OCC 2013 Products of the YearBosco , ccokeman , Wesstron - December 30, 2013
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OCC 2013 Case of the Year:
Winner: Corsair Carbide Air 540
This innovative computer chassis can be found at the time of writing for $120! Some might argue about the innovative part, but we will stand by it since it’s the first case that brings multi-chamber concept to the masses at an affordable price. Corsair hit the mark with the design, quality, and overall look and feel of this case. The separate compartments allow for a clean looking build, great airflow, and neat cable management. The Corsair Carbide Air 540 has enough room to accommodate E-ATX motherboards and comes equipped with three AF140L fans that are very quiet and able to push a good amount of air. The different cooling setups that can be housed in this case are impressive; up to six 120mm fans or five 140mm fans can be installed simultaneously. If water cooling is your thing, don’t let the air in the Corsair Carbide Air 540 name discourage you, as this case can be fitted with a 240mm or 280mm radiator up top and a 240mm, 280mm, or even 360mm radiator on the front panel.
Case modders are already enjoying this little cube concept from Corsair and the amazing amount of hardware that can be crammed inside while keeping clean looks and great performance.
This monster of a case is one of the latest additions to the HAF lineup from Cooler Master. We say monster because this thing is huge right out of the box; and if you want to go really BIG, Cooler Master offers stackable modules to add on the top or the bottom. The end result would be a ginormous case that’s definitely not going to the next LAN party. Basically, the HAF Stacker family consists of three members. First we have the HAF Stacker 935, which comes with two units: the main body that supports E-ATX motherboards and looks like a full tower case, and a stackable module that’s designed to stack either on top or at the bottom of the main body. This module can also be used as a Mini-ITX case, if you don’t mind the lack of a power button and no I/O at the front of the system.
Next we have the Cooler Master HAF Stacker 915F and Cooler Master HAF Stacker 915R. These are Mini-ITX cases that look identical; the only difference being that the 915F has front PSU mounting while the 915R has a rear mounting location. The 915F and 915R make the possibilities to work with this modular case practically endless. They can be stacked on each other and/or on the main unit of the HAF Stacker 935 and then used to house power supplies, radiators, reservoirs, pumps, card-readers, fan controllers, and more. This makes it clear that this is not a case for the average consumer or those of us using a little self-contained water-cooling unit. Cooler Master did not even bother adding stock fans to the HAF Stacker units; the 935 comes with just one 140mm fan while the 915F/R come with a single 120mm fan.
The HAF Stacker will appeal to enthusiasts that think outside the box and want to put together some extreme build without having to bring out the power tools and mod their cases themselves. The multiple stacking configurations and the ability to have multiple systems all-in-one is the selling point of this case. However, modularity comes at a price; the HAF Stacker 935 goes for $170 while the 915F/R modules are $70 each.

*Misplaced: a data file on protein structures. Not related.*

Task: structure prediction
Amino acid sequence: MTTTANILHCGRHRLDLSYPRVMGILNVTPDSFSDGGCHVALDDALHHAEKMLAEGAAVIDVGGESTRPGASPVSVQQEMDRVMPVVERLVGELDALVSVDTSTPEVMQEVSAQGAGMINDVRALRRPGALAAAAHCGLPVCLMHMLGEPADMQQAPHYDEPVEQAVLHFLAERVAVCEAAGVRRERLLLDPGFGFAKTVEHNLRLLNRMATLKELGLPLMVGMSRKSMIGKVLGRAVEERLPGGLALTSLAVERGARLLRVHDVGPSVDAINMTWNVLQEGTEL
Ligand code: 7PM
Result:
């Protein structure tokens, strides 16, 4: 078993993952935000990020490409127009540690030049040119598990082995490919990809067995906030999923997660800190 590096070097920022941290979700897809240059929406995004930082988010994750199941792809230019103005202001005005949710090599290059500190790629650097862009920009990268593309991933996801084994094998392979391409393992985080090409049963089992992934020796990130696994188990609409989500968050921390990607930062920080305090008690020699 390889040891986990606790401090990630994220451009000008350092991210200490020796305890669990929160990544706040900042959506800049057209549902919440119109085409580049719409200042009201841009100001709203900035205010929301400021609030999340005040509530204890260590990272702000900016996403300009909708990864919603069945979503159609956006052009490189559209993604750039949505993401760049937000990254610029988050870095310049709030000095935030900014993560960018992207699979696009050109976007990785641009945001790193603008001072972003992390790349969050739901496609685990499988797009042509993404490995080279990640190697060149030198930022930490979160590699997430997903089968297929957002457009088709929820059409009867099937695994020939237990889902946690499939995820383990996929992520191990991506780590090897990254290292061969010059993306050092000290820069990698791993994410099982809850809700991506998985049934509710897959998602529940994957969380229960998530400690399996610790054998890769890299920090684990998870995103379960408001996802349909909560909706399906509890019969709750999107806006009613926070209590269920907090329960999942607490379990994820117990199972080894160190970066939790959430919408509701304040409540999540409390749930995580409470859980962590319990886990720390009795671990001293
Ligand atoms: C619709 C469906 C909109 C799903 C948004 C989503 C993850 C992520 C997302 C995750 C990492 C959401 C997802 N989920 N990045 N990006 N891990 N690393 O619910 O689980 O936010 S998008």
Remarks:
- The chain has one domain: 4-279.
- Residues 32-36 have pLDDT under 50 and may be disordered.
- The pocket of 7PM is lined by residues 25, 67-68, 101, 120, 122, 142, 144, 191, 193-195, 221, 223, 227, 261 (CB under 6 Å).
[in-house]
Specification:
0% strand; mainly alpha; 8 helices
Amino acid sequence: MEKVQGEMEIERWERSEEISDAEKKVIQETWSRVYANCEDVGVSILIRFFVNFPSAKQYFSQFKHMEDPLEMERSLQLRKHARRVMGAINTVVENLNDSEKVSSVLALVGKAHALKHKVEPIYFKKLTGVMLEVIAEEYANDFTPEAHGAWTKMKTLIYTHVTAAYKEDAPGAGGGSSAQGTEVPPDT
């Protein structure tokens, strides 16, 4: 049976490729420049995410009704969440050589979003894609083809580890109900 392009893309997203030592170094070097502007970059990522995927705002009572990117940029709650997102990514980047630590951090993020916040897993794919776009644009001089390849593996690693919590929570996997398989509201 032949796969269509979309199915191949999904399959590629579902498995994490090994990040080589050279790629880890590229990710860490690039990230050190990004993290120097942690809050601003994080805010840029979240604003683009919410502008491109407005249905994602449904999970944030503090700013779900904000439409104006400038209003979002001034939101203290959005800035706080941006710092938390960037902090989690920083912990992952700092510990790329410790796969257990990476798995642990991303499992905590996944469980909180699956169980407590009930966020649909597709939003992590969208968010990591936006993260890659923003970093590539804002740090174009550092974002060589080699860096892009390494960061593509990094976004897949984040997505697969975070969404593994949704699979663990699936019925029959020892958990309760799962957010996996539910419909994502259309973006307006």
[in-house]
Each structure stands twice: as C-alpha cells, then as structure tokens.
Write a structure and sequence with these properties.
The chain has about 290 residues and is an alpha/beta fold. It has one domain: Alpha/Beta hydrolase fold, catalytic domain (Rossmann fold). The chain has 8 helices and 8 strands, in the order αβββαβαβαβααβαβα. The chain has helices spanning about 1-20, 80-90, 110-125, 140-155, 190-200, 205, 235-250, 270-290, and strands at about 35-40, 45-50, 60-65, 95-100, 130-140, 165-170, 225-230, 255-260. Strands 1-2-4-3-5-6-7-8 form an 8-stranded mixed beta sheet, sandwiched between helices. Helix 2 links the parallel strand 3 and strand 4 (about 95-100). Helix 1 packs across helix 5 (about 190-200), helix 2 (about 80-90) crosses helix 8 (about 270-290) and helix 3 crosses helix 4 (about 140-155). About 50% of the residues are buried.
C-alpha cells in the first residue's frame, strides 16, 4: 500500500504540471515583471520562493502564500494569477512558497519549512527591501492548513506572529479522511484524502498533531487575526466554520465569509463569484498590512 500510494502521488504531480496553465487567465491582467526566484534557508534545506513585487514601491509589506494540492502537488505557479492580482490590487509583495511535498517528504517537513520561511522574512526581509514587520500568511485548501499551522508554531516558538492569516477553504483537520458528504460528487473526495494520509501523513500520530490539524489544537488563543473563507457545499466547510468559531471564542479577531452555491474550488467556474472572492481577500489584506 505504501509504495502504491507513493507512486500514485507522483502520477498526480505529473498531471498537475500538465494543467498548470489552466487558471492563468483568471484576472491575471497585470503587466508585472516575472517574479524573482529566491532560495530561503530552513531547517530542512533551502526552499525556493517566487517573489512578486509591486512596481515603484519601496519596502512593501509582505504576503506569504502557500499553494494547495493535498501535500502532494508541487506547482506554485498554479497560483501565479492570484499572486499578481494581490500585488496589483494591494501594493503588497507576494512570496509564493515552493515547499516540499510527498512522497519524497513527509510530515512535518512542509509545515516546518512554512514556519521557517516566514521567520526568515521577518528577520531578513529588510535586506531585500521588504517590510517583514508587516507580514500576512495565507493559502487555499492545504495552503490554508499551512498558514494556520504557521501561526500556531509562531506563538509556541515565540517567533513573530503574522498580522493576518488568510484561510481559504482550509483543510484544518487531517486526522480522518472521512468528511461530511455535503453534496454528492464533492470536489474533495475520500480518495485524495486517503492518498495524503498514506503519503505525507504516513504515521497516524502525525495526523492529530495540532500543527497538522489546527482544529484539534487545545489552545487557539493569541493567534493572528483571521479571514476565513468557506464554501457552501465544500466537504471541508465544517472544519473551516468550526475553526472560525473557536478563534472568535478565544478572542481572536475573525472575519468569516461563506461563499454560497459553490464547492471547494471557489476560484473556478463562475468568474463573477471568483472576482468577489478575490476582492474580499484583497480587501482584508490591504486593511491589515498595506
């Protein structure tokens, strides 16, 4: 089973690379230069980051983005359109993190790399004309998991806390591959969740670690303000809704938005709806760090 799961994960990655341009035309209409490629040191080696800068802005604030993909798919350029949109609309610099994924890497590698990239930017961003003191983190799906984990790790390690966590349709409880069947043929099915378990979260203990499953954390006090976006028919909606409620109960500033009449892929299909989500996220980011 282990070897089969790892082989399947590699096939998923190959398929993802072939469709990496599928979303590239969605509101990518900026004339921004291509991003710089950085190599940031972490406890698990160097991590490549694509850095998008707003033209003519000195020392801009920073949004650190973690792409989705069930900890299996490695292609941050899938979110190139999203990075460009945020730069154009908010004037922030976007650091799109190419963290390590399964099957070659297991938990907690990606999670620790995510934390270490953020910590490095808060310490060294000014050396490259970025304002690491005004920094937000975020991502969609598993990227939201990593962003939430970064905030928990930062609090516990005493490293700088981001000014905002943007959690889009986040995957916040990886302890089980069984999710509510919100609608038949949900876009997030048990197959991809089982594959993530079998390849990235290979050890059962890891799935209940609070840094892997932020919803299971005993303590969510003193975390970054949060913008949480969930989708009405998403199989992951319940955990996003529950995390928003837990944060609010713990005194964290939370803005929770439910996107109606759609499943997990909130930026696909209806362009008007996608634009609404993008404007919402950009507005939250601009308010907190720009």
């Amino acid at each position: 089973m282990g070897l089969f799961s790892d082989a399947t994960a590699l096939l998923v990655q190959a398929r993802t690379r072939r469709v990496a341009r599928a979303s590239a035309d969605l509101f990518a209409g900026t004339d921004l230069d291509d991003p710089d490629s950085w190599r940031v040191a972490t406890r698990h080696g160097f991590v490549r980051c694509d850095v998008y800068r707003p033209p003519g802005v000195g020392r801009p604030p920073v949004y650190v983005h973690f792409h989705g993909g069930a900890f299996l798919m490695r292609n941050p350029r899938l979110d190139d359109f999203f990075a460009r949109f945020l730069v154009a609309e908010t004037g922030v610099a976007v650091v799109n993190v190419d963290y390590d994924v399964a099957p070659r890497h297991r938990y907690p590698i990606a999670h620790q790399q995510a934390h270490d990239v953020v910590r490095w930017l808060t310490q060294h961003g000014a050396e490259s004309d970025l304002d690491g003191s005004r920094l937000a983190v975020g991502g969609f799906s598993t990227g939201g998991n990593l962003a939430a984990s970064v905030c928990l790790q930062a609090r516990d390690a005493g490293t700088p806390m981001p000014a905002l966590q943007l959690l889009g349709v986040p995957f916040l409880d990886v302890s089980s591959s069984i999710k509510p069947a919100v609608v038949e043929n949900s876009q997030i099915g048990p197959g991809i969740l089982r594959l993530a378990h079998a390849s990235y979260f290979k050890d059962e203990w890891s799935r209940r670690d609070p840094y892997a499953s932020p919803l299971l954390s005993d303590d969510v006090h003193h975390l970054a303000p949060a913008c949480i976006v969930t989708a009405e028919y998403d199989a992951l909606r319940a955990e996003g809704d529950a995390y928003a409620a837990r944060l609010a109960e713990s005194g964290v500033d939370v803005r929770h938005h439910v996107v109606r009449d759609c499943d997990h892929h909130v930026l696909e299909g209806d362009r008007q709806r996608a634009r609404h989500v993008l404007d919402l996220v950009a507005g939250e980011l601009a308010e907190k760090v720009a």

Cooler Master is a well-respected name when it comes to computer peripherals, especially in the cases department. The brand covers a very wide range of chassis, from the entry level to the enthusiast class. The Cooler Master COSMOS SE belongs to the latter and comes with a price to match at $230, which might be more than what most will allocate to a case on a build budget. Apart from the daunting price, this case is a thing of pure beauty for a classic tower form factor: the top handles give the case a sporty look and provide a convenient way to carry it around, an embossed right side panel providing generous room for cable management, a windowed left side panel to show-off the build, extensive I/O panel, and dust filters strategically positioned. The inside is all black and offers good flexibility for builders; it is able to house motherboards that are ATX or smaller, has up to 18 mounting spots for SSDs and eight for HDDs, and it can accommodate water cooling radiators on the top or the front.
This mid-tower chassis from Thermaltake is priced in the $100 range, which is a very delicate position to say the least, since an extra $20 can get you the Corsair Carbide Air 540. At stock configuration it comes equipped with a 120mm intake fan on the front, one 120mm exhaust fan on the back, and one 200mm exhaust fan up top. The Chaser A41 has enough clearance inside to accommodate E-ATX motherboards and a multi-GPU setup. It is also liquid cooling ready with the option to mount a 240mm radiator up top. In terms of looks, it’s all relative, but we're not a big fan of the front panel and the protruding feet. Overall, the Thermaltake Chaser A41 is a decent looking case that provides good airflow and internal working space; although we feel that it’s positioned at a price range with better alternatives.